Mat 5:5 Blessed are the meek: for they shall inherit the earth.
Wealthy [are] the gentle ones because they are going to take possession of the planet.
Interesting and Hidden Aspects:
As we have seen in the last two verses, the word translated as "blessed" has many different meanings including "wealthy." It takes these meaning from the larger context. In Mat 5:3, it gets the sense of "wealthy" as a contrary meaning to "poor." Here, Christ switches things up. Giving it the meaning of "wealthy" directly from the idea of taking possession of something.
"The meek" is an adjective used as a noun that primarily "gentle" and "soft." It was also a word for "tame." A bridle is called by this term, so a "tamer". However, as a noun (as it is used here) it is used as a term of endearment (i.e. "gentle one") and to describe a caress. Christ uses this attribute to describe "softness" in the sense of being pliable and adaptable with the sense of being able to learn. Learning is another way of taming. The other place Christ uses this word is Mat 11:29 where he applies it to himself in the specific context of "learn from me."
The "for" here is a causal adverb that means "seeing that", "because", or "since."
The "they" is used explicitly as the subject of the final phrase. This is unnecessary in Greek because the subject is also a part of the verb ending. Christ only uses the pronoun when he wants to emphasize it.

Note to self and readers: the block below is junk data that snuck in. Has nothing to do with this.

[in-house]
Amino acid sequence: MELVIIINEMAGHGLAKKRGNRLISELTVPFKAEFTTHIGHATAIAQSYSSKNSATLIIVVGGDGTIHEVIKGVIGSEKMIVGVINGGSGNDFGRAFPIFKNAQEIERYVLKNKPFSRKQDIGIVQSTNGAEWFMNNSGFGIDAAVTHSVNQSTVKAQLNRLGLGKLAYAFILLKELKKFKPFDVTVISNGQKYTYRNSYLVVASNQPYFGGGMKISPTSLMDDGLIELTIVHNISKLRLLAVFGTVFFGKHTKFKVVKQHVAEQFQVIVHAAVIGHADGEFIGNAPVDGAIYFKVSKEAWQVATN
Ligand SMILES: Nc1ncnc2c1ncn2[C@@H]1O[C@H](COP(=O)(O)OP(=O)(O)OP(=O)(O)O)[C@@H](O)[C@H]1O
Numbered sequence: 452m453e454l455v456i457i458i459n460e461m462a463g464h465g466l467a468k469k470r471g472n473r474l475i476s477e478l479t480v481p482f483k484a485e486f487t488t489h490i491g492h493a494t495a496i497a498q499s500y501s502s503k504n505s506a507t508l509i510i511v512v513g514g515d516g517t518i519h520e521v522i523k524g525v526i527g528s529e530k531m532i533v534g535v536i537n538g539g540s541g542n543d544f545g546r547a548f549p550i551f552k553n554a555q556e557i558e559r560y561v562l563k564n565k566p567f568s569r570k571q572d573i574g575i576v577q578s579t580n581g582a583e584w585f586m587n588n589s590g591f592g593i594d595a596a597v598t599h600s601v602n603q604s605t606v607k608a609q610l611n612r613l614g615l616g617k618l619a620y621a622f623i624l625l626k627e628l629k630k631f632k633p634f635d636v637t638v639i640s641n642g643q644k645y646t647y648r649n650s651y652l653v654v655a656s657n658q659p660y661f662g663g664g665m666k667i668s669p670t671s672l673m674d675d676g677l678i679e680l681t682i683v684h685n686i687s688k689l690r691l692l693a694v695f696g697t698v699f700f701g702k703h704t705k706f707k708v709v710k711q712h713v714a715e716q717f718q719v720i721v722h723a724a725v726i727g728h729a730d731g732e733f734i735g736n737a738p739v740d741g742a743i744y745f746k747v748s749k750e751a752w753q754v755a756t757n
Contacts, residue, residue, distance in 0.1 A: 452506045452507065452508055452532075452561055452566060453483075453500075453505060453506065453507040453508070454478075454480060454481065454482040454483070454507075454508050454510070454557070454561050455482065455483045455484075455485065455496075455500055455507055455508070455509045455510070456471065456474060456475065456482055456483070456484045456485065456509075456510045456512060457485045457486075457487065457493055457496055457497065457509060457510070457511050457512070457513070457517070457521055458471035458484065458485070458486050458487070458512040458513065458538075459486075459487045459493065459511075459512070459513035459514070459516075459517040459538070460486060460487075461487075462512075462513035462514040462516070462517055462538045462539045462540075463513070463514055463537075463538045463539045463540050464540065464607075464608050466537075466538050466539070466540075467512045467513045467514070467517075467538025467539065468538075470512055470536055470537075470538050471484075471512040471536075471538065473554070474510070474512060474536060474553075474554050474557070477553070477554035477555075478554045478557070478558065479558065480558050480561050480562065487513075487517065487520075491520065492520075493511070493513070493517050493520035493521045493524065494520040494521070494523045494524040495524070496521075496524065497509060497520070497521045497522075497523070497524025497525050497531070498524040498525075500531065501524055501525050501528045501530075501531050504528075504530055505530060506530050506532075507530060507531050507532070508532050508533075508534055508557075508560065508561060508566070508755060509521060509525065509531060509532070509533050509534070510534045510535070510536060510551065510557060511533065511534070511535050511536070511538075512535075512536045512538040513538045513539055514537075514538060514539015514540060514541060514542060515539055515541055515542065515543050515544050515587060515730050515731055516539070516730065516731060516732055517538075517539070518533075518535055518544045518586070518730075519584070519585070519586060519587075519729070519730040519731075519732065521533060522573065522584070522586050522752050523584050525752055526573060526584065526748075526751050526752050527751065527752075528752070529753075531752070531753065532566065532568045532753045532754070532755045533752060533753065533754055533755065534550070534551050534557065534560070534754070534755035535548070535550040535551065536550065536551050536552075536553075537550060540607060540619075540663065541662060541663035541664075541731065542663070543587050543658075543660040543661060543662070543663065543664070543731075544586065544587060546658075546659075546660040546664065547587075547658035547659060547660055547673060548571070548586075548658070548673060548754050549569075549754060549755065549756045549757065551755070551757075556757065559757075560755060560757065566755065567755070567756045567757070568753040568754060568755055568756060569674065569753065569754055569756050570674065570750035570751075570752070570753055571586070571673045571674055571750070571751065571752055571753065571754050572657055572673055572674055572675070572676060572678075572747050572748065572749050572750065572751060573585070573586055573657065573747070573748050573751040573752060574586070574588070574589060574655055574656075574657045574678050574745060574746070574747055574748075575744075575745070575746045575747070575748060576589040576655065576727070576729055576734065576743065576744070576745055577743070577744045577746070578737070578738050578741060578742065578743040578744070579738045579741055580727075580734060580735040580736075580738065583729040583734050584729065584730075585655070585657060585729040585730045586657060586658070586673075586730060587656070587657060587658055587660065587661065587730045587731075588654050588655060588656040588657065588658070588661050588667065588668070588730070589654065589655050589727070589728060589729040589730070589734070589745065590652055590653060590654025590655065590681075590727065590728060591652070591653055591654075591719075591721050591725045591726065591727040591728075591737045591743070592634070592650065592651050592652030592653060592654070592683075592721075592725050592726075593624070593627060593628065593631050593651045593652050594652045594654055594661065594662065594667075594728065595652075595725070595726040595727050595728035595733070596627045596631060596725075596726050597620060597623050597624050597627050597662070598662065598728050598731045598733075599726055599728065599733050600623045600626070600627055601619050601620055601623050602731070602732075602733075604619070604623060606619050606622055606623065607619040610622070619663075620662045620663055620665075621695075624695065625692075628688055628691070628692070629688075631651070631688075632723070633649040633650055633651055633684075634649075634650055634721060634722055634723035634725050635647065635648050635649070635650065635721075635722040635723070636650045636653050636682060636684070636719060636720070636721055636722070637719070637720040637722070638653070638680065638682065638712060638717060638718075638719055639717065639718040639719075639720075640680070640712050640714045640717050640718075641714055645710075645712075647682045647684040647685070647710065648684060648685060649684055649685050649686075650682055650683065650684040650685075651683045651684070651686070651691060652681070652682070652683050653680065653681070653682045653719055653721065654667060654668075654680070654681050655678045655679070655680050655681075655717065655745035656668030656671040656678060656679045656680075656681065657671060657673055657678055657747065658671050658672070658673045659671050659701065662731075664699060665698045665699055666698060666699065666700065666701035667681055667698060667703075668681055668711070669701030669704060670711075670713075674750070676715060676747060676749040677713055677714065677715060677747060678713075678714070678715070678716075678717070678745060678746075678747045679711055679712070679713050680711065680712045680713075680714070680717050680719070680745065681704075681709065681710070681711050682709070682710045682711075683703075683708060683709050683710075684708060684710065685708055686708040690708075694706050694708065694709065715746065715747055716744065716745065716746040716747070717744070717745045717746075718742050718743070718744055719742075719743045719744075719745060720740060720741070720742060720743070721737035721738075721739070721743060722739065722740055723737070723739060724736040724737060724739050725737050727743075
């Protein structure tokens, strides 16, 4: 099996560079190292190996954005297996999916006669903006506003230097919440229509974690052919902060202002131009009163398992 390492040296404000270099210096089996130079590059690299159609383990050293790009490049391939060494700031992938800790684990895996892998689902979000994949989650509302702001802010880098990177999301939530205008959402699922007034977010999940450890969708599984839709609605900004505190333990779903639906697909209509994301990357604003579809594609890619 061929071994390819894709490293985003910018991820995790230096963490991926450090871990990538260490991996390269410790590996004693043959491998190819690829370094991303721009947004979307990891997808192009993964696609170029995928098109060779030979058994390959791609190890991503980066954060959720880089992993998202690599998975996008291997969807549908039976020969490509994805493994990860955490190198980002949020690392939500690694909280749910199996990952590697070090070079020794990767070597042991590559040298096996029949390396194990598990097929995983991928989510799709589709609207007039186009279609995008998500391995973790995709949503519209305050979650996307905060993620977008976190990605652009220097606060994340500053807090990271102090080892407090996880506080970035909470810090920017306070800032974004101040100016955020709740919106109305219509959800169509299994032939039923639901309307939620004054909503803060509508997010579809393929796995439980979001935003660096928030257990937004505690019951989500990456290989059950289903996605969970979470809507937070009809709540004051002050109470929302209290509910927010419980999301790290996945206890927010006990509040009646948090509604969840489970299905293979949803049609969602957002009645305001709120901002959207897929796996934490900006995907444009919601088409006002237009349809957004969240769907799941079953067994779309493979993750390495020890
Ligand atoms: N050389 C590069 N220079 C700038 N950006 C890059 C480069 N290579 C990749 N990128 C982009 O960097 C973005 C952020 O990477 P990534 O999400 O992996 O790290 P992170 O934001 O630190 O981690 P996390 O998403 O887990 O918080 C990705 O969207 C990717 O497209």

The word translated as "inherit," means both to be and heir and to leave an heir behind. However, more generally, it means "to acquire," and "to take possession of something."
The word translated as "the earth" is the word that Christ uses to describe the physical planet, but it also means land and dirt. In other words, it is like our word, earth.
There are a number of patterns in the Beatitudes, which are discussed in this article, The Beatitudes.
“οἱ πραεῖς,” (adj pl masc nom) "Meek" is from praus, which means "mild", "soft", "gentle", "meek", "making mild," and "taming." As and adverb, "mildly" and "gently." It describes both animals that are tame and those who tame them. When addressed to an individual (i.e. "gentle one") it is a term of affection. When applied to an action, it describes a "caress."
αὐτοὶ (adj pl masc/fem nom) "They" is from autos, which means "the same," and the reflexive pronouns, "myself", "yourself", "himself", "herself", "itself," or the oblique case of the pronouns, "him", "her," and "it." It also means "one's true self," that is, "the soul" as opposed to the body and "of one's own accord."
A play on opposing meaning of "meek" meaning both those who are tamed and those who tame. Implying the sense of lucky as "wealthy" from the context of inheritance.
The Spoken Version:
A group of children pressed toward him, their parents trailing behind. A little girl dashed out and held her arms toward the speaker to be picked up. The speaker obliged with a smiling nod to her parents who were trying to catch her.
“Lucky!” He announced once more. “The soft ones!” He held up the child for the crowd to see. “Because they themselves are going to inherit—,” He paused as he moved toward the child’s parents.
“The realm of the skies?” Several in the crowd suggested.
He smiled, shook his head, no. He put the child in the arms of her mother.
“The earth!” He said, spreading his arms wide to indicate the lands around them.